• Exp: Opportunities for Learning is a good alternative for students because 1 the teachers are caring, 2 the centers are safe and clean, and 3 students can earn credits at a faster pace than at other high schools.

The Body Paragraphs

  • Introduction
  • Body paragraph 1
  • Conclusion
  • Body paragraph 2
  • Body paragraph 3
  • Thesis: Opportunities for Learning is a good alternative for students because the teachers are caring, the centers are safe and clean, and students can earn credits at a faster pace than at other high schools.
  • The teachers are caring
  • Students can earn credits at a faster pace
  • The centers are safe and clean

The Body Paragraphs

  • Within the body paragraphs is where all your ideas and examples are used. You can brainstorm these first, and then bring them together within each body paragraph.
  • Example:
  • Body ¶ 2: The centers are safe and clean
  • Desks are clean and no one tags on them.
  • The bathroom is always clean and orderly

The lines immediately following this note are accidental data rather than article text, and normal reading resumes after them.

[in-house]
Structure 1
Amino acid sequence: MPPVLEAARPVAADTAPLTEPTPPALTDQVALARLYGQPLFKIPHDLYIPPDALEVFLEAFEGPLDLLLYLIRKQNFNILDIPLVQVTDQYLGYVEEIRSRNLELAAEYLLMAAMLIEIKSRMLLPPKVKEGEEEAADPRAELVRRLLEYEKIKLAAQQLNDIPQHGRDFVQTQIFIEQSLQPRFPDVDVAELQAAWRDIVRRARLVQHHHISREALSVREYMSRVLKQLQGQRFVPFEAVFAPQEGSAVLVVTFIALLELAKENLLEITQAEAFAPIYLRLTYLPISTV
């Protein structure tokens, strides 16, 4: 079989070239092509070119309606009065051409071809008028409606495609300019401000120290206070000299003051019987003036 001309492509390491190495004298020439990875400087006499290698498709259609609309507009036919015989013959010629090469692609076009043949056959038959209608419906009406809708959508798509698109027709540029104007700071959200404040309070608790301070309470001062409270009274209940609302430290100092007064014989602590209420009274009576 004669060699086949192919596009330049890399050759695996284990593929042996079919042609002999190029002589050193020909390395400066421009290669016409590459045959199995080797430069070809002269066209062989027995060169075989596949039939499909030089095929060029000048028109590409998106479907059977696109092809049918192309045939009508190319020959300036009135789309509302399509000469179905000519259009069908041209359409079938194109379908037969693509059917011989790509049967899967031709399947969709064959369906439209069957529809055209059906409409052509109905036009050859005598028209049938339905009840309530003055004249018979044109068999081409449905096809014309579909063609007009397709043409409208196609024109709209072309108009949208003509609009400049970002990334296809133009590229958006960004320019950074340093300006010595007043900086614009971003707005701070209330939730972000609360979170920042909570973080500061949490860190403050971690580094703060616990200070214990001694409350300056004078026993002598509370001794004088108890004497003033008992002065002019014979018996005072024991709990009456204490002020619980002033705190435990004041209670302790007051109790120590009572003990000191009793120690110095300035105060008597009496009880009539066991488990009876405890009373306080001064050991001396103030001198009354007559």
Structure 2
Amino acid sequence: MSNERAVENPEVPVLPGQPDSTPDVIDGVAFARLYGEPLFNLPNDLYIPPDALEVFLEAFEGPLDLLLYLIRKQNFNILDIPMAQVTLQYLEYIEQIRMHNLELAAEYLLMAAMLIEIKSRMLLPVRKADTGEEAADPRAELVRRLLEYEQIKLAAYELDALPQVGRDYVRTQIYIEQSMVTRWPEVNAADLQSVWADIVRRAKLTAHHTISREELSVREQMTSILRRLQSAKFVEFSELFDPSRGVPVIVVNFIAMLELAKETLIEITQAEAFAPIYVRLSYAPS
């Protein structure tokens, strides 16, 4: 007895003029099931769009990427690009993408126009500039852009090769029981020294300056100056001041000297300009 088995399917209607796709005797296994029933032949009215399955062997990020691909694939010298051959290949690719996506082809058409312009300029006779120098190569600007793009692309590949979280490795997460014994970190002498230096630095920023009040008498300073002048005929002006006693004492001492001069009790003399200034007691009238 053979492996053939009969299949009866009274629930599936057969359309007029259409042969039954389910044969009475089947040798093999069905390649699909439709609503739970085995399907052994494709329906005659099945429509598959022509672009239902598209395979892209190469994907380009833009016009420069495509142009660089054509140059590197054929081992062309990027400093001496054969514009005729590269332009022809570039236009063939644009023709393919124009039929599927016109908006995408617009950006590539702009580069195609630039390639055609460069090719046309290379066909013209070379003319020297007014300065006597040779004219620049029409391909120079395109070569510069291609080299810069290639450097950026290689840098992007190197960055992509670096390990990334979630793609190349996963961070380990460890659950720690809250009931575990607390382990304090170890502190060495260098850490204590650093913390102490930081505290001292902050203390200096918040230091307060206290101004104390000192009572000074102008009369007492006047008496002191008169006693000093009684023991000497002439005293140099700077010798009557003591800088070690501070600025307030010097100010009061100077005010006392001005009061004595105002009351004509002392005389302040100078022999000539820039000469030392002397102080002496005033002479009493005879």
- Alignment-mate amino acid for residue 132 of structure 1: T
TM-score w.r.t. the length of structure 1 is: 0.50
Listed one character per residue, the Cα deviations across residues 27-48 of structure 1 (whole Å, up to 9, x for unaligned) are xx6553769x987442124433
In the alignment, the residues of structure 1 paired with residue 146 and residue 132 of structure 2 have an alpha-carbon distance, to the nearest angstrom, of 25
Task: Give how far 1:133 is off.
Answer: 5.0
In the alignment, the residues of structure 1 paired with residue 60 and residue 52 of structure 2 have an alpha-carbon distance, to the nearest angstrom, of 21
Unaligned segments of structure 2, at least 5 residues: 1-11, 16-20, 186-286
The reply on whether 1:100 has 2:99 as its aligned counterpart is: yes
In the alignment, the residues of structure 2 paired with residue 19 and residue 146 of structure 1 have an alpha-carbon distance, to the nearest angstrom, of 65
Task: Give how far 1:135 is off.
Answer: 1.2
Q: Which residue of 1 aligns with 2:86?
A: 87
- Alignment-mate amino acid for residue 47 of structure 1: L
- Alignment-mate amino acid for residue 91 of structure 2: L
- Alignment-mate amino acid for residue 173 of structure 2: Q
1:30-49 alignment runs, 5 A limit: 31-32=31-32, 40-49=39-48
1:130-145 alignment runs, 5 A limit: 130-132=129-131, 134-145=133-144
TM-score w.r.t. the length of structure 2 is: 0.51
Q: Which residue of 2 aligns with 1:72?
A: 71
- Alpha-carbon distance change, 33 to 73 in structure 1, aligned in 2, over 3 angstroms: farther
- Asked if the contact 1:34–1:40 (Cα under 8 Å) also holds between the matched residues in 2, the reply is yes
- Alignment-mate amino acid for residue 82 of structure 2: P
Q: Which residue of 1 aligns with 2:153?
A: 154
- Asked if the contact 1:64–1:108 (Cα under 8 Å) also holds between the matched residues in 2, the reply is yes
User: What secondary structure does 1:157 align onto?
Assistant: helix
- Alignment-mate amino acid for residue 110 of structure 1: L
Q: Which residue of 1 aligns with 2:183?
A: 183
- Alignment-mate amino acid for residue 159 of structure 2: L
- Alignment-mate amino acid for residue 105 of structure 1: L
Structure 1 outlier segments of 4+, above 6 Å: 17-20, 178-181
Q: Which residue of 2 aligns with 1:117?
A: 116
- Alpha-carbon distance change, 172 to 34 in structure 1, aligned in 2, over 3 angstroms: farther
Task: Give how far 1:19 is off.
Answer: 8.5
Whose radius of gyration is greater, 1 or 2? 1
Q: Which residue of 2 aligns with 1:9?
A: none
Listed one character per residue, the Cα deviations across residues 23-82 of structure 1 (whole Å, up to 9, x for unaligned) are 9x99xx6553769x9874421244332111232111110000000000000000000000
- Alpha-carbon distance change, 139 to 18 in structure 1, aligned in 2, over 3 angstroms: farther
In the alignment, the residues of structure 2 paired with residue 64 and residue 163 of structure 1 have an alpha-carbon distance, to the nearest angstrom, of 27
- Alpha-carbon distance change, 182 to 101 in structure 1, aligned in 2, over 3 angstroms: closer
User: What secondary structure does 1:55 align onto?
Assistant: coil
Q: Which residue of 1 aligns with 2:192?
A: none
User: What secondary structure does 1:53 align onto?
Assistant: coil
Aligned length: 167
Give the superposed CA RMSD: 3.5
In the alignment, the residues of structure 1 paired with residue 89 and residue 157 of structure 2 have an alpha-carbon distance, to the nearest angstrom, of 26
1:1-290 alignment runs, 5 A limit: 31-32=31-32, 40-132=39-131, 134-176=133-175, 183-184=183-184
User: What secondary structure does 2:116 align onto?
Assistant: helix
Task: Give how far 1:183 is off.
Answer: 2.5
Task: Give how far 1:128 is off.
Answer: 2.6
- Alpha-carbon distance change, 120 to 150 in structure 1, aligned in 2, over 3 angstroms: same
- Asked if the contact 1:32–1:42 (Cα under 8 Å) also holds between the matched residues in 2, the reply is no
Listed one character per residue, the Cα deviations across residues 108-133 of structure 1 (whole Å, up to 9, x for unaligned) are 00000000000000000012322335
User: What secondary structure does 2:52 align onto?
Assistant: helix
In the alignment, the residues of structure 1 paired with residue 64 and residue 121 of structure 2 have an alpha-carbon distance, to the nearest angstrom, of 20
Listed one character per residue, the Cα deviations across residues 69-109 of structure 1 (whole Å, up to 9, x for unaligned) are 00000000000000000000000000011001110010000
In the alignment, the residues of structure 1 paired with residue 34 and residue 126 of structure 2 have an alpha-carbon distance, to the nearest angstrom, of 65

• Students feel safe because there are never fights at the center

Conclusion

  • Wraps up your essay, restating your main ideas in new words
  • Adds up the evidence from your essay to make your final point.
  • Think back to the hamburger: The final bite (last sentence) of your essay should be delicious! It should leave your reader with a good understanding of your main point.

Shape of the Conclusion

  • The information in your conclusion goes from specific (restatement of your thesis in new words) to more general (bigger ideas about the topic)

Now fill in the information on the planning chart for the OFL essay…

  • Introduction
  • Body paragraph 1
  • Conclusion
  • Body paragraph 2
  • Body paragraph 3

Choose a CAHSEE released essay question to answer.

  • Source: Opportunities for Learning